NCCEE has announced that students in Mary Richards’ class at Erwin High School achieved not only first, second, and third place in the Western Region, but also third place in the Fall 2010 Statewide Stock Market Game™ (SMG) Competition sponsored by NCCEE. Ms. Richards’ students competed with nearly 1000 other teams across North Carolina to win this honor.
The SMG is a statewide, interactive, online stock market simulation that teaches students in grades four through 12 about the financial markets and investing while reinforcing concepts taught in economics, math, technology, social studies, business and language arts classes. Additionally, the program fosters the 21st Century skills of integrating technology, research, teamwork, negotiating, communication, cooperation, and financial literacy. Students also learn the importance of saving and investing at an early age. Students participating invest a hypothetical $100,000 in stocks that they research, select and track while working in teams that are made up of three to five students. Students compete for awards regionally and statewide.
The team of Erwin students who took home the statewide third place and 1st place western regional honors was comprised of Matt Kocot, Sawyer McLamb, Gabe McClanahan, Halley Rollins, and Jessica Seager. Gabe McClanahan exclaimed, “The Stock Market Game is a fun experience for everyone.”
The western region 2nd place team was comprised of Tyler Clements, Miranda Holcombe, Griffin Riffe, and Kristen Revis. The western region 3rd place team was comprised of Adyson Banks, Brittany Jackson, Holly Jones, DaNeisha Porter, and Shy Underwood. Teacher Mary Richards noted that her students have been playing a stock market game since 1999. “I have had many students work with their parents on the family portfolio, or even inform their parents on how the market works. The Game is fun and a valuable lesson for life. I encourage all teachers to use this as a learning tool.”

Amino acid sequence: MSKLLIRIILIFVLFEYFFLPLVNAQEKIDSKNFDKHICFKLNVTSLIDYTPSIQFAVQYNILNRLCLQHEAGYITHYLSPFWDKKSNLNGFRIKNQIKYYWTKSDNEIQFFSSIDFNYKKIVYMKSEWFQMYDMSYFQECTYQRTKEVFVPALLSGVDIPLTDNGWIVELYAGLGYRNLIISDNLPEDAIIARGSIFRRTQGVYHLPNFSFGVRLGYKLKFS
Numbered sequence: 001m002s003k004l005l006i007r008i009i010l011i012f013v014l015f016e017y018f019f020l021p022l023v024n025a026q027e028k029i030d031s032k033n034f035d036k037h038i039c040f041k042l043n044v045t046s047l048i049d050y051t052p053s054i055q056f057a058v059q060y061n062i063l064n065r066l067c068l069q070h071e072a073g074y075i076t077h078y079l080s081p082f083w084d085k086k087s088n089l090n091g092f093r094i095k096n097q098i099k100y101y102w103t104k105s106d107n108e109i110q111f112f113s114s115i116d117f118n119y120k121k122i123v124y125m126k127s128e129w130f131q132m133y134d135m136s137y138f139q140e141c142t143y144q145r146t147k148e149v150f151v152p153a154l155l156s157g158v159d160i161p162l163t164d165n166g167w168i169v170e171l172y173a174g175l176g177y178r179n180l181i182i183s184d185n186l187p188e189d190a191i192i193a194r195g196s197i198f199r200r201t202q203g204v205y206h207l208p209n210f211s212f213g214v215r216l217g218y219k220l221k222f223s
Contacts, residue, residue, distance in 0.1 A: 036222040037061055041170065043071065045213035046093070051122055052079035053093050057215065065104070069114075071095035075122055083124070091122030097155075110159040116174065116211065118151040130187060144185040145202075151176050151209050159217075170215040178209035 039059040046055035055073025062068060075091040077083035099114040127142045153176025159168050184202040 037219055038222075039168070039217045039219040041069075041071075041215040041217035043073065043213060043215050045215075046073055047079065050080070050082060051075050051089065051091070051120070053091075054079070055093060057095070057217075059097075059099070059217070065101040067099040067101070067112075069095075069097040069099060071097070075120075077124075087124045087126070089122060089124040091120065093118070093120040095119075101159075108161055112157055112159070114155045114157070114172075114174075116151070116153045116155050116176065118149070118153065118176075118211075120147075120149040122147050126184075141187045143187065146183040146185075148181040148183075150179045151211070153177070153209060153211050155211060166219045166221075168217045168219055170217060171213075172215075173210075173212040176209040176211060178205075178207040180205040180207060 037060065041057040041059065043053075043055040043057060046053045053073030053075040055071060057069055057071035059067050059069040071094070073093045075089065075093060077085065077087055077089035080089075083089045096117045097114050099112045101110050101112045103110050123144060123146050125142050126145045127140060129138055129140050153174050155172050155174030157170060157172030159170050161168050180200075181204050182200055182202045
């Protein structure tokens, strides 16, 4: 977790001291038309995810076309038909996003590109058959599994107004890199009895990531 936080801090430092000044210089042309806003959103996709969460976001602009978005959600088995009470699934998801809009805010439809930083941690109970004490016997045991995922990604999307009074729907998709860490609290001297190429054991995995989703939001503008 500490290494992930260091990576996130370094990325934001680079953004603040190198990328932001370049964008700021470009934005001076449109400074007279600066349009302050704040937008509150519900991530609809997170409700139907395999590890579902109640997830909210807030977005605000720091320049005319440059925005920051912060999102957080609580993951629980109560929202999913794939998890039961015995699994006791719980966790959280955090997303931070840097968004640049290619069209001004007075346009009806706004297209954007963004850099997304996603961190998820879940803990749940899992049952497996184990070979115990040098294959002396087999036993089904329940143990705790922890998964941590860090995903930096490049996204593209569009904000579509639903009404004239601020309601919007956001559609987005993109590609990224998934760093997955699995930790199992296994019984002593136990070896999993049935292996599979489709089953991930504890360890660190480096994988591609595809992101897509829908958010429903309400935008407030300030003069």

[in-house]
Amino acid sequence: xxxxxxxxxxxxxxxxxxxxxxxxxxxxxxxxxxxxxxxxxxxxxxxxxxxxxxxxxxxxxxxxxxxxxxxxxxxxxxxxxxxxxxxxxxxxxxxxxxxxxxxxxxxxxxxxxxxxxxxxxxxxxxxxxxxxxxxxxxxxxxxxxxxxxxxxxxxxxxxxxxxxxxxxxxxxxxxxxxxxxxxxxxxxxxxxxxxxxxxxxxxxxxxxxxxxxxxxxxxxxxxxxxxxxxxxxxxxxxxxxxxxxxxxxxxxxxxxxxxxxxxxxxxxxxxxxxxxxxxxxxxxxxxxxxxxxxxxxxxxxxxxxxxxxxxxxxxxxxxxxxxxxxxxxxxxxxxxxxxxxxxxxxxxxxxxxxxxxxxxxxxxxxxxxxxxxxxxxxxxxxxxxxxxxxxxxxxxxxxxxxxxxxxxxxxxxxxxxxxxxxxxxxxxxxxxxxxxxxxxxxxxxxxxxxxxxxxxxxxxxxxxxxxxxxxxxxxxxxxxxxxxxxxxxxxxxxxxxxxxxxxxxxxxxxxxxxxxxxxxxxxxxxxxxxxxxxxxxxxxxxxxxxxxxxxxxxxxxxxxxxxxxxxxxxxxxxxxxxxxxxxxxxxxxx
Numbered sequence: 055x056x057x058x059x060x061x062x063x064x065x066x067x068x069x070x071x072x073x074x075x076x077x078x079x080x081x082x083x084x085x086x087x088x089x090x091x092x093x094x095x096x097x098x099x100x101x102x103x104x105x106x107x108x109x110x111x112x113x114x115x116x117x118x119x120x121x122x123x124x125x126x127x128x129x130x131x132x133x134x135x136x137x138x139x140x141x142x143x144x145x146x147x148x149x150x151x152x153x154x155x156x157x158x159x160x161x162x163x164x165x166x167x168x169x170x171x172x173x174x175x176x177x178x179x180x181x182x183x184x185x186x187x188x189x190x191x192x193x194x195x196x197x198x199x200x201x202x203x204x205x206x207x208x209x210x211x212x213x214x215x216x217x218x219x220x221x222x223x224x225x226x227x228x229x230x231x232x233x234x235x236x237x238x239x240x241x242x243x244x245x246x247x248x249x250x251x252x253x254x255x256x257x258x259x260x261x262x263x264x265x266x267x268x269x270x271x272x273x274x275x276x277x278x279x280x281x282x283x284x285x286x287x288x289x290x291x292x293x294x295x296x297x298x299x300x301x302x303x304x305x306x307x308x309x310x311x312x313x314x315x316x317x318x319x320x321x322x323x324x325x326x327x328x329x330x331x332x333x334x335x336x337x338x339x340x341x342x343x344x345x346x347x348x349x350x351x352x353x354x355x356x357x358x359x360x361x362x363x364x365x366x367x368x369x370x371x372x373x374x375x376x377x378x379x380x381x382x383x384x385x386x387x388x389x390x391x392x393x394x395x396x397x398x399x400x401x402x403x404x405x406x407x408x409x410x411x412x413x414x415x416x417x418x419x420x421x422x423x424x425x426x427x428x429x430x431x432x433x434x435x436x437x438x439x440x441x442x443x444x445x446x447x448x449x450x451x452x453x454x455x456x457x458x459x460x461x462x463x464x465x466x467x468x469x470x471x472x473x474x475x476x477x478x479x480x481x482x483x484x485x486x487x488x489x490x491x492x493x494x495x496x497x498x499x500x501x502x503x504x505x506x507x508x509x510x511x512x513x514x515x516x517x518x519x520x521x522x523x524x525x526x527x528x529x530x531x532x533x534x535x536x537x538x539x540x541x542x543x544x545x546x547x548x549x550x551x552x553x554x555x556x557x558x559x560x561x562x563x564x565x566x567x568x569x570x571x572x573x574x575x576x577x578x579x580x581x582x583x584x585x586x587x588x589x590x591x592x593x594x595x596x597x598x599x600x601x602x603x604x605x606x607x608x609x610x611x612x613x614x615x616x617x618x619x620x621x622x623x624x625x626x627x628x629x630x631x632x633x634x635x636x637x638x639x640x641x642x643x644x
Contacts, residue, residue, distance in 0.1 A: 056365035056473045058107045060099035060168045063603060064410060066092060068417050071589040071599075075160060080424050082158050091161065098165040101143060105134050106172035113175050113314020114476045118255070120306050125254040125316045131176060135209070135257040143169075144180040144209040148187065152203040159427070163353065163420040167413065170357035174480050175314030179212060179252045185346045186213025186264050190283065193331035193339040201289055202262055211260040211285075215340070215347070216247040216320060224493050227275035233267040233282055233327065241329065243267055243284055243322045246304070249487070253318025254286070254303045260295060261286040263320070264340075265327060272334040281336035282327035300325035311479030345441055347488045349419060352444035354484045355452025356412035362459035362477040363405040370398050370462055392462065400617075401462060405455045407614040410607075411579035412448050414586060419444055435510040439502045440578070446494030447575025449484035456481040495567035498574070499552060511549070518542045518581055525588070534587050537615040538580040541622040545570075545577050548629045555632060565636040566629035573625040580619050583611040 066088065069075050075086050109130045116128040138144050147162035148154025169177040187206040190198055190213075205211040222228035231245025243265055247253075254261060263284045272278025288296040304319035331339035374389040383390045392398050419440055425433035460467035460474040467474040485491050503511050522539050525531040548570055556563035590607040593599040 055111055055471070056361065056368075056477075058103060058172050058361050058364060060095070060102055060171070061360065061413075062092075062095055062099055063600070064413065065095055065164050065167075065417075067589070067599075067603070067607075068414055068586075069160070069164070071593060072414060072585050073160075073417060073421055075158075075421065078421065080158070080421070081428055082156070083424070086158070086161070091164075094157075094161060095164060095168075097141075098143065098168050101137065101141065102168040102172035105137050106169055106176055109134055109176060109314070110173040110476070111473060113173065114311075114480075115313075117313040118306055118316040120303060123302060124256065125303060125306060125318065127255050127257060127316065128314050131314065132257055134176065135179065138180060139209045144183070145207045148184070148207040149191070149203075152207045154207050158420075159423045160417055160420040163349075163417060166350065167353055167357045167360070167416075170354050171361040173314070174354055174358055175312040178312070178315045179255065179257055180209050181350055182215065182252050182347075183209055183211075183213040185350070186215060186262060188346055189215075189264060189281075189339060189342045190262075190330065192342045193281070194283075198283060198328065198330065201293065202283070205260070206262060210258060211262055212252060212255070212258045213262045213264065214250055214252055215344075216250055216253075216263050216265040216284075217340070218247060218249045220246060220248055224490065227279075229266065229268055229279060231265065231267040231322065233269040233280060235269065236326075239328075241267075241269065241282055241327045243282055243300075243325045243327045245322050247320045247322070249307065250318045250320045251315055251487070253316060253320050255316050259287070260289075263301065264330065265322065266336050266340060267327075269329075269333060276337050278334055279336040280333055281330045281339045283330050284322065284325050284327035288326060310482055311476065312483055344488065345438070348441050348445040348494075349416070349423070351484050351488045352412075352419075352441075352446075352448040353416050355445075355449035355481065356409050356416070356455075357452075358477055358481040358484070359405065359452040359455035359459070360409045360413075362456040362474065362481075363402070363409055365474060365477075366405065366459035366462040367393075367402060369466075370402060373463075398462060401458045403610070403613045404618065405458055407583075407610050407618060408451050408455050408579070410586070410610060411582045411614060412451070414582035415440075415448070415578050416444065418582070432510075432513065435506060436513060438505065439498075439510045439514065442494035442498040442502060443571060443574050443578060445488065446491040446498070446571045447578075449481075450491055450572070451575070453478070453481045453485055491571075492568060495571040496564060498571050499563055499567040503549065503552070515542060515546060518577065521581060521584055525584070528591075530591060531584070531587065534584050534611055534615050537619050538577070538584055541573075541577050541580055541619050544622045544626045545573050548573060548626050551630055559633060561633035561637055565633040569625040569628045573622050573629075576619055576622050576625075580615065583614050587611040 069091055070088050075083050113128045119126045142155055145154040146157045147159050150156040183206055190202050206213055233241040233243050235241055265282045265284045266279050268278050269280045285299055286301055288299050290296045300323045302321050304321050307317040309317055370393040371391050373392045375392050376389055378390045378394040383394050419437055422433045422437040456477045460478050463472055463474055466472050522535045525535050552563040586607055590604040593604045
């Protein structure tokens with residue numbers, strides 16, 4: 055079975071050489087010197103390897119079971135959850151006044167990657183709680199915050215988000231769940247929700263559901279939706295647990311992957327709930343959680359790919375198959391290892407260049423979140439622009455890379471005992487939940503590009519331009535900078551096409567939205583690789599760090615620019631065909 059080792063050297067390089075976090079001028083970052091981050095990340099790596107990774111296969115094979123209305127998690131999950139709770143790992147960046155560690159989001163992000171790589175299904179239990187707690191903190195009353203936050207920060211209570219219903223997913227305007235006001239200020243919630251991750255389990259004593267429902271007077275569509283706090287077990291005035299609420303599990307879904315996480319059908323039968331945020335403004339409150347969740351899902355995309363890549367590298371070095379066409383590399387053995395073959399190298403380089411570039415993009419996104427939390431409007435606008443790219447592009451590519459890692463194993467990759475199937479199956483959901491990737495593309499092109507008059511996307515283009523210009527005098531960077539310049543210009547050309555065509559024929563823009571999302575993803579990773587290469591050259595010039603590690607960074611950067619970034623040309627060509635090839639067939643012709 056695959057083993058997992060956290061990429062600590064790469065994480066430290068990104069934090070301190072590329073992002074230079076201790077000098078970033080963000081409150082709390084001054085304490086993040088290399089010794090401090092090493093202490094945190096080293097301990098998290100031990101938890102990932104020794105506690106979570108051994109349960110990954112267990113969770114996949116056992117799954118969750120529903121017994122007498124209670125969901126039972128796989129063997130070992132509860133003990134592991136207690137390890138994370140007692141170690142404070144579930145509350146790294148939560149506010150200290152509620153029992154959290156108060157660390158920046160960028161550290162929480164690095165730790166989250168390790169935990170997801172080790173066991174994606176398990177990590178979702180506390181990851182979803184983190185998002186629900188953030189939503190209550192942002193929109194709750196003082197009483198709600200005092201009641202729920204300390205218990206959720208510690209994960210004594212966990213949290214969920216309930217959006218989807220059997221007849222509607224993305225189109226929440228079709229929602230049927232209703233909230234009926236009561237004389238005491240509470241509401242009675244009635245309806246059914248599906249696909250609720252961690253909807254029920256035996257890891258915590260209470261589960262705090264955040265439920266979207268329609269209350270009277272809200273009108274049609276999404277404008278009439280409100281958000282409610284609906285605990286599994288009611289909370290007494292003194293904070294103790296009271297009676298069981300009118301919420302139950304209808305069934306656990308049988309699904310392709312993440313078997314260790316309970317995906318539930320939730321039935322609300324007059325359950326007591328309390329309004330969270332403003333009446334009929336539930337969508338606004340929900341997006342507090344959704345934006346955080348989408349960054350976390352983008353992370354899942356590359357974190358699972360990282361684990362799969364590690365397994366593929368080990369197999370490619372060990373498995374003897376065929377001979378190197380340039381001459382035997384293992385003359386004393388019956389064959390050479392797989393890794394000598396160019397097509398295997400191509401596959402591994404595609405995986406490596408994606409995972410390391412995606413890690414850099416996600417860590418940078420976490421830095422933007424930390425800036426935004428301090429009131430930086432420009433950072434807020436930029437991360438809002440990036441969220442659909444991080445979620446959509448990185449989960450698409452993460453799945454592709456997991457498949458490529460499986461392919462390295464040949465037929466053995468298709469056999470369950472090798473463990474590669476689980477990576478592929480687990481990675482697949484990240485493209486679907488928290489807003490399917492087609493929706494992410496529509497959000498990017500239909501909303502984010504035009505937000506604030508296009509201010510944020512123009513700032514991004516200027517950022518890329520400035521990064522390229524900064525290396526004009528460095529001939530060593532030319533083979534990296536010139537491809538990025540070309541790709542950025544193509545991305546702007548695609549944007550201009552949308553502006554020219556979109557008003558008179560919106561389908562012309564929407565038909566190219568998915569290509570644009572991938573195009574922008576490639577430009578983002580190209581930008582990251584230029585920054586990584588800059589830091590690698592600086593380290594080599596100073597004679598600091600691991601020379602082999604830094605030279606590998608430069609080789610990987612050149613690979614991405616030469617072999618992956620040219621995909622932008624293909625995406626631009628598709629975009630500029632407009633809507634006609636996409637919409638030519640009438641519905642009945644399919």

Sandy Wheat of NCCEE explained, “We sponsor the Stock Market Game in North Carolina because research has proven it to be a challenging, motivating, and extremely educational program that instills understanding of economic and financial concepts while improving critical thinking skills and math test scores for students.”
About the North Carolina Council on Economic Education (NCCEE):
The North Carolina Council on Economic Education was founded in 1970. NCCEE is a 501 (c) (3) non-profit organization working with K-12 teachers statewide to give our students a better understanding of economics and to prepare them for personal financial decision-making. With support from private businesses and foundations, the Department of Public Instruction, and the University of North Carolina system, NCCEE has been a tremendous example of an effective public-private partnership. More information on the NCCEE is available at www.nccee.org.Read the full article